Growing Food With Your Computer Because We Live in the Future

Original content comes to us from Organic Authority

Growing Food With Your Computer Because We Live in the FutureFrom rooftop gardens to vertical farms, growing food in urban warehouse spaces, and underground, or even on top of or underwater greenhouses, farming has been moving out of rural settings into exciting new environments in recent years. 3-D printers are even getting in on the action, and there’s a new game in growing food: a computer.

Called the Personal Food Computer, this tiny aeroponics system is, for all intents and purposes, a miniature self-sustaining farm that not only tracks all angles of the food’s development through technology, but delivers nutrients and creates the appropriate weather system for the plants its growing. It’s a scaled-down version of the CityFarm, also developed by MIT’s Caleb Harper.

The CityFarm was born out of the MIT Media Lab. It grew lettuce, herbs, and tomatoes in room not unlike a photography dark room, under blue and red lights. Without soil, the hydroponics system, using only about ten percent of the water of conventional farming.


MIT’s CityFarm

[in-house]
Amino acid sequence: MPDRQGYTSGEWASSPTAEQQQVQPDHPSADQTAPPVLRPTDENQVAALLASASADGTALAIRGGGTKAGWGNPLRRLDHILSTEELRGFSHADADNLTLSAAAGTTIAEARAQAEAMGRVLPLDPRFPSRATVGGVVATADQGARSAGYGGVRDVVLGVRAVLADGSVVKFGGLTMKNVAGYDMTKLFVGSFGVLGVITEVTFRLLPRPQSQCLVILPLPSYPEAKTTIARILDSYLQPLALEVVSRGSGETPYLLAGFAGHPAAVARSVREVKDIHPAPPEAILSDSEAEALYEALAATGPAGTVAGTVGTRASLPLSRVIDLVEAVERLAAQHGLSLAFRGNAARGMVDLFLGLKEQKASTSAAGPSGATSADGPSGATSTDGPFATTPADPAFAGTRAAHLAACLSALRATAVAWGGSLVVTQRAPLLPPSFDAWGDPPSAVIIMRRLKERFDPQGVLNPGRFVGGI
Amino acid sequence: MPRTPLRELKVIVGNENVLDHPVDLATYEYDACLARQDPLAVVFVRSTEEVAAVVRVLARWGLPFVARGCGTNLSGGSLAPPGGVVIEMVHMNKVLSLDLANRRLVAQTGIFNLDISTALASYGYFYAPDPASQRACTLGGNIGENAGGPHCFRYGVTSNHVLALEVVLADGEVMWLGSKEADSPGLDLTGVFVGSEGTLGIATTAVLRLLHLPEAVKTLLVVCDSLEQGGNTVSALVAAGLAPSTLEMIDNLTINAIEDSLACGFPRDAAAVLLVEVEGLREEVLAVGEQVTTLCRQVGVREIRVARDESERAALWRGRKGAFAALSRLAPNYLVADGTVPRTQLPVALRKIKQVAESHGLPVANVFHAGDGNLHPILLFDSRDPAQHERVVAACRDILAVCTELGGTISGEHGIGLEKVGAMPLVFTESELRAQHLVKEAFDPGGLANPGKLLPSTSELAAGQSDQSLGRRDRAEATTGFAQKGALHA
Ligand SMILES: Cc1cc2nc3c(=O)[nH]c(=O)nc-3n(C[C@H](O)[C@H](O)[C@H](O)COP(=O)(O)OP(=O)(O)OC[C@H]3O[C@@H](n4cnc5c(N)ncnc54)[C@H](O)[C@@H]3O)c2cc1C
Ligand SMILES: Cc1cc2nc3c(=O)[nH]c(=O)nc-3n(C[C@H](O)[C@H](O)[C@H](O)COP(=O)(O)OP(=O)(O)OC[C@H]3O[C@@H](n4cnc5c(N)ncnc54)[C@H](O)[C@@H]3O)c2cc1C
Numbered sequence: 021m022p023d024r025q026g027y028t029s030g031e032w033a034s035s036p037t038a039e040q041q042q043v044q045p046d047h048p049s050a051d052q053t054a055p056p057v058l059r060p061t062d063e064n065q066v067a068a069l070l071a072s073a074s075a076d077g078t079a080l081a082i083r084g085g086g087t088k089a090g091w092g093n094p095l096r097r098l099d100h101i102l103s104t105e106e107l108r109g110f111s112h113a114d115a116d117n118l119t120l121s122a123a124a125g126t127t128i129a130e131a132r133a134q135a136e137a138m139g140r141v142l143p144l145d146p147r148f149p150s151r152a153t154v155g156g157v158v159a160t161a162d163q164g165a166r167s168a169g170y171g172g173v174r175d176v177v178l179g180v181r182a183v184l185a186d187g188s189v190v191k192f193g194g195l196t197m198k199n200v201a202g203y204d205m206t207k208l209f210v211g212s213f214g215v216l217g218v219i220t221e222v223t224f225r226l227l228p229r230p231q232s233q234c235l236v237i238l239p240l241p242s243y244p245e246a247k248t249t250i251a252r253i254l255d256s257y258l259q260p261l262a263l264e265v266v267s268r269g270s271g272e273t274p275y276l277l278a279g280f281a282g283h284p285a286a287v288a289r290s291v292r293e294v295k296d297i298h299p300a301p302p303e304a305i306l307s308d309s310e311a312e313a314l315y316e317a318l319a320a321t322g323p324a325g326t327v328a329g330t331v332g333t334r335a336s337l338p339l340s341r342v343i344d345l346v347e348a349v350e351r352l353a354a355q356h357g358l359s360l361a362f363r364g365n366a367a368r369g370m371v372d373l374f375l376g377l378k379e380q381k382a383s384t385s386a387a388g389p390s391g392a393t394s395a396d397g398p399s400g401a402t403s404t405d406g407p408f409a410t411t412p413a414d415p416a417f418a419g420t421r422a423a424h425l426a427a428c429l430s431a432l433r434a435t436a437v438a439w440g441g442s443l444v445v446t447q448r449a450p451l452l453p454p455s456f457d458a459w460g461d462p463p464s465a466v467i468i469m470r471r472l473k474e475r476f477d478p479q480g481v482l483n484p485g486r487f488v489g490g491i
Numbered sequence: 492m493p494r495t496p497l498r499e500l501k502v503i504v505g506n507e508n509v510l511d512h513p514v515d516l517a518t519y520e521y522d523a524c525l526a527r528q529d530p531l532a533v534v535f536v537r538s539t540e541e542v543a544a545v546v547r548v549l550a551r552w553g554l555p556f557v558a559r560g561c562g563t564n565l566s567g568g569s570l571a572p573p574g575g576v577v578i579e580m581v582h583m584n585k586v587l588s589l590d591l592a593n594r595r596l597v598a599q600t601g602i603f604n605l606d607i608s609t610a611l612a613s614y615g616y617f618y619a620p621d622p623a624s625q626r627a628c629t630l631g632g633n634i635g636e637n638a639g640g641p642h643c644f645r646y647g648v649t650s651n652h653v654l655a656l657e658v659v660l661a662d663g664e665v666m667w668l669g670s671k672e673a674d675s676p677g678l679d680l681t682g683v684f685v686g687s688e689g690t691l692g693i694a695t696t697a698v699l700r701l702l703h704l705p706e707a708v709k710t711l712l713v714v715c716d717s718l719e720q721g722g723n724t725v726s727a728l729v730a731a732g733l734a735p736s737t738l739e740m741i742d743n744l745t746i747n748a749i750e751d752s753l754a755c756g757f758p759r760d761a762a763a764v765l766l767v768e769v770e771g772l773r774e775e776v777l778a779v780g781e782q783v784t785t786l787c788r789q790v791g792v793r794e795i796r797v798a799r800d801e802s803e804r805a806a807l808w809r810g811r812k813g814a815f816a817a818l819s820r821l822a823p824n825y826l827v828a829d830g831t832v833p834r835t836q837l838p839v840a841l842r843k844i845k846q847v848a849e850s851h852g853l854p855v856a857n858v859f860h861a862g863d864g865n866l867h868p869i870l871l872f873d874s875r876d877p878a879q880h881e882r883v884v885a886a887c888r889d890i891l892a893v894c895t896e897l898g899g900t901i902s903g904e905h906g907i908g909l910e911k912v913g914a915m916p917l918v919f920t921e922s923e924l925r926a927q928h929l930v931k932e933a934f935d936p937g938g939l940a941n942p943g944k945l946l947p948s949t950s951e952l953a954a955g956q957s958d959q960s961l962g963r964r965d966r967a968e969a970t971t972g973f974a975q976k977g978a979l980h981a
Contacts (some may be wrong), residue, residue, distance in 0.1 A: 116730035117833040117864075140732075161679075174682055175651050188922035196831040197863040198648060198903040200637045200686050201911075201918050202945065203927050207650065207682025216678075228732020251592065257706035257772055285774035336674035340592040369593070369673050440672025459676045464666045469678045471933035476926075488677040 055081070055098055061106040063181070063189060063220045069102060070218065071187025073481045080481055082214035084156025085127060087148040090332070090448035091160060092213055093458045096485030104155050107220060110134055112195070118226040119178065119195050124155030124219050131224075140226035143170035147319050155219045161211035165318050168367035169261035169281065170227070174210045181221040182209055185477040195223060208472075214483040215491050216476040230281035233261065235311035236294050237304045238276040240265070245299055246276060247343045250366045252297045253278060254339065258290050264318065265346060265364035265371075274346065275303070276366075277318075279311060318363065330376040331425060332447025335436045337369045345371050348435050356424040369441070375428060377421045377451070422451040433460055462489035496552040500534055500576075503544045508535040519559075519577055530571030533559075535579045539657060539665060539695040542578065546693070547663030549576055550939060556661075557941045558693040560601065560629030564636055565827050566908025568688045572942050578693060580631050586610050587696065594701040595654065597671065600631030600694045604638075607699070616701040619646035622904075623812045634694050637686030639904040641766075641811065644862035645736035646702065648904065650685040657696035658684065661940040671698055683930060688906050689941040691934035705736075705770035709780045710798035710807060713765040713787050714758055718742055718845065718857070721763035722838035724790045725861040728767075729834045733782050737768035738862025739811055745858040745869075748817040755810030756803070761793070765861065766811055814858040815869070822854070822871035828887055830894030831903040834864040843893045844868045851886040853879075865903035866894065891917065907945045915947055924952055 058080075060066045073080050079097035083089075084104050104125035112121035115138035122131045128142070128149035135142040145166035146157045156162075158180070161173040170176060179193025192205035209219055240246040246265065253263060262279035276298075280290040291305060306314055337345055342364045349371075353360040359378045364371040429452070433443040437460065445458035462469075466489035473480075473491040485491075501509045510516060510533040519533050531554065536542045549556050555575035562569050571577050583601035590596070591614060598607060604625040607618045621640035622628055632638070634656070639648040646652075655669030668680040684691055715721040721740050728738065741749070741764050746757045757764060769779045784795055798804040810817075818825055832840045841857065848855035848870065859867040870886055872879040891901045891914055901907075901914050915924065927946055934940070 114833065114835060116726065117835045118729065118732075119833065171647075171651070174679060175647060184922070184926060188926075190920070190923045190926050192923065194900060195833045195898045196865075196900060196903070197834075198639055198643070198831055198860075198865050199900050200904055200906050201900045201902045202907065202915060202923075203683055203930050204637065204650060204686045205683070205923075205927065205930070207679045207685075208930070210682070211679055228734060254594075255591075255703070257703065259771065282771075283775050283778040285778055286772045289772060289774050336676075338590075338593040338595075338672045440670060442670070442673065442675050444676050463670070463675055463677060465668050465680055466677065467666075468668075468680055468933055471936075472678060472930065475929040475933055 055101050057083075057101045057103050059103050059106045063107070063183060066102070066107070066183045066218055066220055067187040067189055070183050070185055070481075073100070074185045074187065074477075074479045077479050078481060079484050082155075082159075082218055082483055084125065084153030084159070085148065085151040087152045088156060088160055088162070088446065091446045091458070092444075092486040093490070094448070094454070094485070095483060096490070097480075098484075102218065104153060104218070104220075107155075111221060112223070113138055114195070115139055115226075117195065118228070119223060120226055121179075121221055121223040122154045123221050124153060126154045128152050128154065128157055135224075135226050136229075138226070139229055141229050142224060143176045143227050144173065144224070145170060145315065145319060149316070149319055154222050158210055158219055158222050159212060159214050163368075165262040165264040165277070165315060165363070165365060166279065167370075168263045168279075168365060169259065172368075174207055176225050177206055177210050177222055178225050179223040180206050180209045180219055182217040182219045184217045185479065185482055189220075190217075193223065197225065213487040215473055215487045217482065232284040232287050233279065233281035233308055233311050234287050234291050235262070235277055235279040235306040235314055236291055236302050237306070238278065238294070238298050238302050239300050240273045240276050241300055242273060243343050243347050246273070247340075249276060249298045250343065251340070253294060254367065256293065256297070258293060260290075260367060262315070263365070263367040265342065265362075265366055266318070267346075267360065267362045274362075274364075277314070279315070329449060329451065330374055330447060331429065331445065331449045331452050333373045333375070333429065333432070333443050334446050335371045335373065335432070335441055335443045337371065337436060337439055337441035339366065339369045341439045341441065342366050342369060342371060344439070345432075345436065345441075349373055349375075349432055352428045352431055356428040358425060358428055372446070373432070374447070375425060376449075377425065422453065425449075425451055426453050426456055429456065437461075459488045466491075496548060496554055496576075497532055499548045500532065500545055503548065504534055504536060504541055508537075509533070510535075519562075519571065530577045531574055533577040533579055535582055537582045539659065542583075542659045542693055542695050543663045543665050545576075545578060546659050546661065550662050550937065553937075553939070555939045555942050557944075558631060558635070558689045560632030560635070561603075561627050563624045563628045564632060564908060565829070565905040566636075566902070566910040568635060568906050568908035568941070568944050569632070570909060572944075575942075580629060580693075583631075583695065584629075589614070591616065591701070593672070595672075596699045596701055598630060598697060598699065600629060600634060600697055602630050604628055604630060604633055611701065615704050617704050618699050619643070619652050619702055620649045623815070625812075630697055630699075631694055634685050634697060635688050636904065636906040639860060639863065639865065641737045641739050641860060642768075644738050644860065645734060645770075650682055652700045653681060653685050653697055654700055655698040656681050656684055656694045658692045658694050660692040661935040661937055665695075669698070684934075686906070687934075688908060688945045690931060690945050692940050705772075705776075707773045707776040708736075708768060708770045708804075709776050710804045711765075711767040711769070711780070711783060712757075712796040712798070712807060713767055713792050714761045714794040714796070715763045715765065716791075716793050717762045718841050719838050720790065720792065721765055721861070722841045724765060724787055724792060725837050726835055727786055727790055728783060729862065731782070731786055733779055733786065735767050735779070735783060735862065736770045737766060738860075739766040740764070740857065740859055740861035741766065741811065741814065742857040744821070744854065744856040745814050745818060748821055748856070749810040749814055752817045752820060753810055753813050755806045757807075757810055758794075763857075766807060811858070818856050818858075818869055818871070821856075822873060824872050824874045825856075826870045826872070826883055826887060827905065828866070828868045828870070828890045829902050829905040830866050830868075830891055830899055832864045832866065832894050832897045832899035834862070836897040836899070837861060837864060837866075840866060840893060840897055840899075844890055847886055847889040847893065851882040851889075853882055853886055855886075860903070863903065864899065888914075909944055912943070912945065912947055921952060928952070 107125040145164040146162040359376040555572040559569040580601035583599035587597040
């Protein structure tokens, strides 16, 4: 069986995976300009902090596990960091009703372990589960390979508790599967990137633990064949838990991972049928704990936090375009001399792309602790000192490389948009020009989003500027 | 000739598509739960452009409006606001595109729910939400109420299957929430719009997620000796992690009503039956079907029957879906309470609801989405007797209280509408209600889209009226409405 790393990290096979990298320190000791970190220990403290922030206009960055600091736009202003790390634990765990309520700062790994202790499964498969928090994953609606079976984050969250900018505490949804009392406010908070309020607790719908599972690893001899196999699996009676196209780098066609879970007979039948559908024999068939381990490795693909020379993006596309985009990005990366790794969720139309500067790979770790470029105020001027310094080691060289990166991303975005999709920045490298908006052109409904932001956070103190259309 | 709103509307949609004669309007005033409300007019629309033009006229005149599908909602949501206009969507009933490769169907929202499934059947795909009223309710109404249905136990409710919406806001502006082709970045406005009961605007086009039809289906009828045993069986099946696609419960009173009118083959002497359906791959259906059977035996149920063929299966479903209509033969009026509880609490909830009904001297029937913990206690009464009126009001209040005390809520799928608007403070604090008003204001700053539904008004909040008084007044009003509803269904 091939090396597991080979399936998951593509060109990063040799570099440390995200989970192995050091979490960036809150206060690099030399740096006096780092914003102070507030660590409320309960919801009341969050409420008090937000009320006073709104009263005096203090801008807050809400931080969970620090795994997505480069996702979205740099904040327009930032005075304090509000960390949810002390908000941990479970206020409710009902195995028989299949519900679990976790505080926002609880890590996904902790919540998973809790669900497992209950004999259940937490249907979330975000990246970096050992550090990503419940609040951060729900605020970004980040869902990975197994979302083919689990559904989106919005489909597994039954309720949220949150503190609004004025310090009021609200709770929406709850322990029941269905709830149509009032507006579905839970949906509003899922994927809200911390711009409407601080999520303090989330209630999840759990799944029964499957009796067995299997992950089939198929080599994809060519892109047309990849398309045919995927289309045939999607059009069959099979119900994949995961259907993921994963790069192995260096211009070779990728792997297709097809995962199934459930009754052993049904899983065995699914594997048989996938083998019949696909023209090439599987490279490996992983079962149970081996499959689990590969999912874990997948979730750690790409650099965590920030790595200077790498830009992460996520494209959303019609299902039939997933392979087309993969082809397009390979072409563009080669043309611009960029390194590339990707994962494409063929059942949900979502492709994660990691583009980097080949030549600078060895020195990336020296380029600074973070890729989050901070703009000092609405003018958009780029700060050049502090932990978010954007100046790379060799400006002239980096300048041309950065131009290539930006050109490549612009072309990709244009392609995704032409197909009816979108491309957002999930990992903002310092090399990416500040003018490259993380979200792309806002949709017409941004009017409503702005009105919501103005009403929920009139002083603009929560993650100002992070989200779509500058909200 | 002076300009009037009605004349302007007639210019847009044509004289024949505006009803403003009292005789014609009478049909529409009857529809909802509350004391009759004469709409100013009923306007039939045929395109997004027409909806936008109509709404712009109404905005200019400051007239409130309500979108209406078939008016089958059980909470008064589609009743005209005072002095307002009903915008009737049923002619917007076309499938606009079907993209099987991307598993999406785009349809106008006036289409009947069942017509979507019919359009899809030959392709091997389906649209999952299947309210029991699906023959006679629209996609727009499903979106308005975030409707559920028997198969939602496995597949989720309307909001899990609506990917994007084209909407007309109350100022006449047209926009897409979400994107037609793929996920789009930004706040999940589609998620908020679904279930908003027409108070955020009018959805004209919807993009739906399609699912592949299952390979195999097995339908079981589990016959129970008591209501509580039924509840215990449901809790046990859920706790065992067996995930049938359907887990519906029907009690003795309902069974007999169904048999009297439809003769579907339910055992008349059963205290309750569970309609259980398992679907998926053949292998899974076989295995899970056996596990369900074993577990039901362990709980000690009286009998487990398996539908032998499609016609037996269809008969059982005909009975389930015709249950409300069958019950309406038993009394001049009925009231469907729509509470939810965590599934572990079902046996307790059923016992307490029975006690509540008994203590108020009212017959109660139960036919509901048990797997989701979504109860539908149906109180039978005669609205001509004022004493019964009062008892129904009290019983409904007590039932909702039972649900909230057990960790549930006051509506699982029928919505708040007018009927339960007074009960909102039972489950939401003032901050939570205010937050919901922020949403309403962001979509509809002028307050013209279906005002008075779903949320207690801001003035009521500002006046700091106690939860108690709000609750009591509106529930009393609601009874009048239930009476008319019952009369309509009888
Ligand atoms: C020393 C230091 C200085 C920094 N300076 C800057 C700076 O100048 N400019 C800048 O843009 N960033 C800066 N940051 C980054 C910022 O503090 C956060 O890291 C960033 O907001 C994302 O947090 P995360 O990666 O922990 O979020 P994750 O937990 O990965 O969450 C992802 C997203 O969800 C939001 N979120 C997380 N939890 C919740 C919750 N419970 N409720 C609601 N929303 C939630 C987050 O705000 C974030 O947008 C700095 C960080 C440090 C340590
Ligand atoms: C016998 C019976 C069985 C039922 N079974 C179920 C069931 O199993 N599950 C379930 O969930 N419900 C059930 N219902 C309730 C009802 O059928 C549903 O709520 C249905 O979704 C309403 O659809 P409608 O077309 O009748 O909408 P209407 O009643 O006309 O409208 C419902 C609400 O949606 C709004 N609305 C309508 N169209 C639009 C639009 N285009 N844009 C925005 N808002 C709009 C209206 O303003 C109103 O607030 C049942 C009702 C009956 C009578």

Similar to a 3-D food printer, the CityFarm spinoff computer box can be “dropped anywhere, and grow fresh food, regardless of surrounding conditions,” reports Fast Company. Which is a pretty significant breakthrough in food production, even if it’s not likely to replace conventional farming anytime soon.

Still, it could play a larger role in the future of food production, particularly in dense urban environments where trucking food into cities is difficult and expensive. It could also become a reliable food source in the wake of natural disasters or other emergency situations limiting access for deliveries of fresh food. “Water, power and transport are already taken care of, and if you don’t have to ship your food long-distance, it can be riper when harvested,” reports Fast Company.

“These self-contained environments are also faster than your standard, outdoor farms. The CityFarm produces crops in 25-30% of the time they’d take in a field, which translates to either better yields, or less power used to run the machines.”

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Related on Organic Authority

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Underwater Greenhouses Grow Gorgeous Pesticide-Free Food

Londoners Get Their First Taste of Local Food Grown Underground

Image via MIT

The post Growing Food With Your Computer Because We Live in the Future appeared first on Organic Authority.

Original content comes to us from Organic Authority


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